Guilt and I go back a long way. From the legitimate (emptying my childhood savings account to fund my student Smirnoff habit) to the absurd (bursting into tears when I had to throw out a mini Victoria sponge that had gone out of date), I'm not one to brush off my minor transgressions and move on when I have the option of letting them forever fester in a cranny of my conscience instead.
I probably should have called time on this uneasy relationship before I became a mum. In those first, fraught weeks of new parenthood, not a day went by when I didn't find something to feel guilty about. Guilty when I watched my daughter gulp down the measly amount of milk I'd managed to express and motion she wanted more of the "good stuff" rather than the full bottle of formula I'd lined up next for her. Guilty when, in sleep deprived desperation, I tried to snooze a little longer when I knew she was stirring. Guilty that a decision to drink in rather than take away when we went out for a restorative coffee meant she was in a dirty nappy for five minutes longer than she might otherwise have been. Guilty when that first, terrifying nailtrim resulted in a minuscule nick on a tiny fingertip. Guilty for relishing time away from the baby when I grabbed a shower, and eventually graduated on to an hour out by myself.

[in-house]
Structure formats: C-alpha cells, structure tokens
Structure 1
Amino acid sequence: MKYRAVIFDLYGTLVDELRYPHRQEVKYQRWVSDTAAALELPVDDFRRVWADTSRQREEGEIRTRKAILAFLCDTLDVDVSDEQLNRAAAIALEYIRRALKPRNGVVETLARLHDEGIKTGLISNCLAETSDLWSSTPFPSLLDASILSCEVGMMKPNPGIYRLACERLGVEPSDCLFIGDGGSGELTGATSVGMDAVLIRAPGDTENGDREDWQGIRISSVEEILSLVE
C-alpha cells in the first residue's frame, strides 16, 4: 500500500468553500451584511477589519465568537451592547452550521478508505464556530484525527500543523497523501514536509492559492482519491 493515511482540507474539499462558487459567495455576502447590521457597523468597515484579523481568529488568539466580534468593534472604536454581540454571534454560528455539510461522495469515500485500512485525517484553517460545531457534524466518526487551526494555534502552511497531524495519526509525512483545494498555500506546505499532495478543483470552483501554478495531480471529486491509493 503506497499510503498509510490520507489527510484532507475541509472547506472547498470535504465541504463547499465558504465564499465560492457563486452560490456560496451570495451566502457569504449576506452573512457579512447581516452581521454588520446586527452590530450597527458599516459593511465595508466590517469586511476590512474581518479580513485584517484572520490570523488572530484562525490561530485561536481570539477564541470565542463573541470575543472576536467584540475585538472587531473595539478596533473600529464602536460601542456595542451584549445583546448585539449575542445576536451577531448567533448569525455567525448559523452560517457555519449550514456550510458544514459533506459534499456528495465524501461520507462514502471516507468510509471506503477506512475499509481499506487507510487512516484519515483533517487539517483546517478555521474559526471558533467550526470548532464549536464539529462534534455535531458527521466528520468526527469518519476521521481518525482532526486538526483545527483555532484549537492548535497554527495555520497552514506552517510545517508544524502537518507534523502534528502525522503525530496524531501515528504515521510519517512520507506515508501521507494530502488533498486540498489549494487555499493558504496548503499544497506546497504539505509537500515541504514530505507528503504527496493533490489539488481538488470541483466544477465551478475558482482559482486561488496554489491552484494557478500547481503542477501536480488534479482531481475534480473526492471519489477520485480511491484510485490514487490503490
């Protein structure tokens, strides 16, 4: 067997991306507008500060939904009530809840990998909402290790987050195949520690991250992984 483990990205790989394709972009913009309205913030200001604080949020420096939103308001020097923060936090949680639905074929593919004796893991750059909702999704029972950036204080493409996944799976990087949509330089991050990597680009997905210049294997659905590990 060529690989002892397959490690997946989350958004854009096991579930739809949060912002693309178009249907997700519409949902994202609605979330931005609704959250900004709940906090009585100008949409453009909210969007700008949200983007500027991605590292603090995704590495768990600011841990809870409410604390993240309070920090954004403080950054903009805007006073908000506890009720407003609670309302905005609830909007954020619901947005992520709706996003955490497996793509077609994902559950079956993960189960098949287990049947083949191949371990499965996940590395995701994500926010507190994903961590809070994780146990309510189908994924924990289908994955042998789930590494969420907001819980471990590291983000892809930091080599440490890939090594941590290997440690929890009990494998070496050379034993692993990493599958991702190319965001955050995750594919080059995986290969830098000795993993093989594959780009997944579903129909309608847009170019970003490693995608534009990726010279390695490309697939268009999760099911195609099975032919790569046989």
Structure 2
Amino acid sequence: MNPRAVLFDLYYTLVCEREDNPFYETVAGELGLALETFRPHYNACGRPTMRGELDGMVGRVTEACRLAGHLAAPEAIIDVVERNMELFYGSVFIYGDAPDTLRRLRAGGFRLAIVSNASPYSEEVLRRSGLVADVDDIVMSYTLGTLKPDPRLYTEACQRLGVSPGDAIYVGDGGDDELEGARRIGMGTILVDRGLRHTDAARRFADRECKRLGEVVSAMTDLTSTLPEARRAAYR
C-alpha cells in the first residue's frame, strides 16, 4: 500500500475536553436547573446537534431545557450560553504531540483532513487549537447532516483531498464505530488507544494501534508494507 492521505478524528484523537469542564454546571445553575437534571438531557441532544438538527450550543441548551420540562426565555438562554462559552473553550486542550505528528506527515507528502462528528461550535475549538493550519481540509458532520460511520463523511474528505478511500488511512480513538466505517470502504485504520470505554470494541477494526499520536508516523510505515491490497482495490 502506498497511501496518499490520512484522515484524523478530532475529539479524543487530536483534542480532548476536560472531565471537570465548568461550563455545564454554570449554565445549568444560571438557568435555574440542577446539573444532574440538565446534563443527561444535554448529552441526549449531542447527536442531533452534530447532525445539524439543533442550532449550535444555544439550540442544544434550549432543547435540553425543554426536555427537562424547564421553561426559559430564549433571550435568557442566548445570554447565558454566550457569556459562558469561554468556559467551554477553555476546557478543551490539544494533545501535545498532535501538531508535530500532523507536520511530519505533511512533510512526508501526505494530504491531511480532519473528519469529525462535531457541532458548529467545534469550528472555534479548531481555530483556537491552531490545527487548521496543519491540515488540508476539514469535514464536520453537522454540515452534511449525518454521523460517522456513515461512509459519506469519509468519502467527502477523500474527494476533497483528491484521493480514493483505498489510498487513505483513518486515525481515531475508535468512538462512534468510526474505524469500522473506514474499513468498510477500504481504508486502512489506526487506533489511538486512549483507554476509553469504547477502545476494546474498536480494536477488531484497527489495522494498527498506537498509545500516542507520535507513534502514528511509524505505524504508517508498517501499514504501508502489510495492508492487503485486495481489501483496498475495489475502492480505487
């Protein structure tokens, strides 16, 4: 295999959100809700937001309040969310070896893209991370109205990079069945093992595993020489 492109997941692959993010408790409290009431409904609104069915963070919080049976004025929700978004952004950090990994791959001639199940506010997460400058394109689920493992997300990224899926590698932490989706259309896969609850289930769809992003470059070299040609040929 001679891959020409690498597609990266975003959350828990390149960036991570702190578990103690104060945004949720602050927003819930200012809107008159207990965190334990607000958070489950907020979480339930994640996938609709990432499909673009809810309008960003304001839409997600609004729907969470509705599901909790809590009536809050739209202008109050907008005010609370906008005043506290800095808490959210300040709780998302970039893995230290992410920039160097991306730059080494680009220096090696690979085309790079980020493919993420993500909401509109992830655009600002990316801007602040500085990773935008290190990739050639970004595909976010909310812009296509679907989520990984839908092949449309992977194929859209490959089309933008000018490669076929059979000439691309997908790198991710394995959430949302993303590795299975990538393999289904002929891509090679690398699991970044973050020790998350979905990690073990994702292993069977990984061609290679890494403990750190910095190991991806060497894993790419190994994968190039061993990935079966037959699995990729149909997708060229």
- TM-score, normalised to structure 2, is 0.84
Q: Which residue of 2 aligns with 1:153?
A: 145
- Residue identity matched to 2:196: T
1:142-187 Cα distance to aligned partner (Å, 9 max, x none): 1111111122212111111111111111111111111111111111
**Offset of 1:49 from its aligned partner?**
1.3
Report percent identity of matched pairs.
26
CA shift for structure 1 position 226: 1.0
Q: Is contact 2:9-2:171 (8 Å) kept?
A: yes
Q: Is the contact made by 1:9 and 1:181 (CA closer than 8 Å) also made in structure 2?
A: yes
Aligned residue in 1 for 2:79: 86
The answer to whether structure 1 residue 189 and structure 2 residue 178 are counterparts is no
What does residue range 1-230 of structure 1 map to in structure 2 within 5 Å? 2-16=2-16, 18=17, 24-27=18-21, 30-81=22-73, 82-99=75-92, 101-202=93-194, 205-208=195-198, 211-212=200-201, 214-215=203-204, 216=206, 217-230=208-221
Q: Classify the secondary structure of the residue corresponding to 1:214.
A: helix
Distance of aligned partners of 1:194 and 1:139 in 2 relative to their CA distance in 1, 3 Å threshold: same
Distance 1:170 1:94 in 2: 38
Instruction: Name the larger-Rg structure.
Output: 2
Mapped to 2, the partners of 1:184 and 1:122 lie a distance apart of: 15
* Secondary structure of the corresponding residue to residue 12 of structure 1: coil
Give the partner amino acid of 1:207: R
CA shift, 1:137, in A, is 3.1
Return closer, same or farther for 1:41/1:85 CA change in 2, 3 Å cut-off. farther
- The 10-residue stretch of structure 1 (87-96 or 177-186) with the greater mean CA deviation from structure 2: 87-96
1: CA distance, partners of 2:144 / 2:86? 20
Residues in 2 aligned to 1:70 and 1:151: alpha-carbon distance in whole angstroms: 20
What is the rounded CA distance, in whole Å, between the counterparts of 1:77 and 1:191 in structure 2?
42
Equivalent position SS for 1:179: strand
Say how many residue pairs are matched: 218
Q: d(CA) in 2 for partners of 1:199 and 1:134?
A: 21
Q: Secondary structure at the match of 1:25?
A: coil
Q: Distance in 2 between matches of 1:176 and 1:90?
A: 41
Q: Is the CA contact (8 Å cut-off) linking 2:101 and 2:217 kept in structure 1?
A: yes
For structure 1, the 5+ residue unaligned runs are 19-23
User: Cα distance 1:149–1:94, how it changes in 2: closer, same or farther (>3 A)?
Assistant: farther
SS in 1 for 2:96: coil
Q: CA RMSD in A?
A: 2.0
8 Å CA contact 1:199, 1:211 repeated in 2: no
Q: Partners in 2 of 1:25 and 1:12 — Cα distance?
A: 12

The above are episodes that should strike a chord with other new parents, and exemplify how, whether projected by society or self, guilt can go all out to eat you up inside as you stumble through those early weeks. If you're not careful, you can constantly question the choices you make or find fault with your parenting skills, from the big decisions (breast or bottle, stay at home or back to work) to minor everyday mishaps. Or you might let big business babyhood get the better of you, and feel bad that your child's wardrobe is mainly bobbly hand-me-downs or you can't afford to fill his or her schedule with sensory classes and high-tech toys.
It's only as I near that three-month mark that I realise that I, along with so many others in my position, need to cut myself some serious slack. My daughter is well-fed and clothed, with somewhere safe and warm to sleep when she feels so inclined (although she's currently sleeping in her preferred bed - my arms - as I write this). Her parents may not always get it right, but they comfort her when she cries, spoil her with cuddles and sing, gurn and dance like idiots if it means raising one precious smile. Guilt and I are parting ways, hello (mother's) pride.